In ancient times, Pakistan was a major cultural hub. Many cultural practices and great monuments have been inherited from the time of the ancient rulers of the region. One of the greatest cultural influences was that of the Persian Empire, of which Pakistan was a part. In fact, the Pakistani satraps were at one time the richest and most productive of the massive Persian Empire. Other key influences include the Afghan Empire, Mughal Empire and later, the short-lived but influential, the British Empire.
Pakistan has a cultural and ethnic background going back to the Indus Valley Civilization, which existed from 2800–1800 B.C., and was remarkable for its ordered cities, advanced sanitation, excellent roads, and uniquely structured society. Pakistan has been invaded many times in the past, and has been occupied and settled by many different peoples, each of whom have left their imprint on the current inhabitants of the country. Some of the largest groups were the Proto-Indo-Aryans, of which Sindhis and Punjabis descend from and later Iranic peoples which the Baloch and Pashtuns descend from. Other less significant ones include the Greeks, Scythians, Persians, White Huns, Arabs, Turks, Mongols, Buddhists, and other Eurasian groups, up to and including the British, who left in the late 1940s.
The region has formed a distinct cultural unit within the main cultural complex of South Asia, the Middle East and Central Asia from the earliest times, and is analogous to Turkey's position in Eurasia. There are differences in culture among the different ethnic groups in matters such as dress, food, and religion, especially where pre-Islamic customs differ fromIslamic practices. Their cultural origins also reveal influences from far afield, including Tibet,Nepal, India, and eastern Afghanistan. All groups show varying degrees of influence fromPersia, Turkestan and Hellenistic Greece. Pakistan was the first region of South Asia to receive the full impact of Islam and has developed a distinct Islamic identity, historically different from areas further west.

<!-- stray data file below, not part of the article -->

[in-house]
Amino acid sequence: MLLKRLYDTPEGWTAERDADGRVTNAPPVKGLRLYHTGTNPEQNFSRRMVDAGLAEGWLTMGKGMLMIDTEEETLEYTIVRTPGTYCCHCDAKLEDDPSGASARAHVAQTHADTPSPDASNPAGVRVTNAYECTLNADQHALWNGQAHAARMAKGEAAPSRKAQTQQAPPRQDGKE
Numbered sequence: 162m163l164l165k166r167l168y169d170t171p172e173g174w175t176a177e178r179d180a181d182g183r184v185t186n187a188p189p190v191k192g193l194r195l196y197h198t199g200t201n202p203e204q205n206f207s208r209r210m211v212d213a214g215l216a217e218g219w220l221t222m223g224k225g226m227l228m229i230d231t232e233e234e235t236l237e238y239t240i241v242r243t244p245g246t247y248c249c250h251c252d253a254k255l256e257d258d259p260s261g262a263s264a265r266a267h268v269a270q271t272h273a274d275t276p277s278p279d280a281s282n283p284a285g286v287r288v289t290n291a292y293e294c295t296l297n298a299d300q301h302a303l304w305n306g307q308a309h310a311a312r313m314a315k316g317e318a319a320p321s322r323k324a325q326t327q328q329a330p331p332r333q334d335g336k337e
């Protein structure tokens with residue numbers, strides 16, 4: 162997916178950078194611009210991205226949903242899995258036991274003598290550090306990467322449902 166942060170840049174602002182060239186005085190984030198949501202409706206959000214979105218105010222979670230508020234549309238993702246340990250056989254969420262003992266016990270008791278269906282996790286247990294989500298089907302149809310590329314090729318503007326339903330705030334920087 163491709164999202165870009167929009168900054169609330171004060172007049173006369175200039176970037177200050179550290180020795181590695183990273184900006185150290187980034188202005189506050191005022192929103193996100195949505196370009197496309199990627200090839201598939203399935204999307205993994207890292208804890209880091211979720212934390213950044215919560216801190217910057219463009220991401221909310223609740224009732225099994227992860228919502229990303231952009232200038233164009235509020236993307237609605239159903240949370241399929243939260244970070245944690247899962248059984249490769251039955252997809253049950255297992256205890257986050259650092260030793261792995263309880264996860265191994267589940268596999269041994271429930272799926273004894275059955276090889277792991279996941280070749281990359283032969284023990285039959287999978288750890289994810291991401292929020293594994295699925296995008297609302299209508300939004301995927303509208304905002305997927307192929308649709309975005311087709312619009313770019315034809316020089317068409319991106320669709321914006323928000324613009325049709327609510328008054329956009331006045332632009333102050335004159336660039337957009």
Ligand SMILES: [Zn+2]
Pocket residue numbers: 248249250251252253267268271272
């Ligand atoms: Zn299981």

Diwan-e-Khas: the hall of special audience with the emperor
Pakistani society is largely multilingual, multi-ethnic and multicultural. Though cultures within the country differ to some extent, more similarities than differences can be found, as most Pakistanis are mainly of Aryan heritage or have coexisted side by side along the Indus River for several thousand years, or both. However, over 60 years of integration, a distinctive "Pakistani" culture has sprung up, especially in the urban areas where many of the diverse ethnic groups have coexisted and ithe country now having a literacy rate of 55%, up from 3% at the time of independence. Traditional family values are highly respected and considered sacred, although urban families increasingly form nuclear families, owing to socio-economic constraints imposed by the traditional culture of the extended family.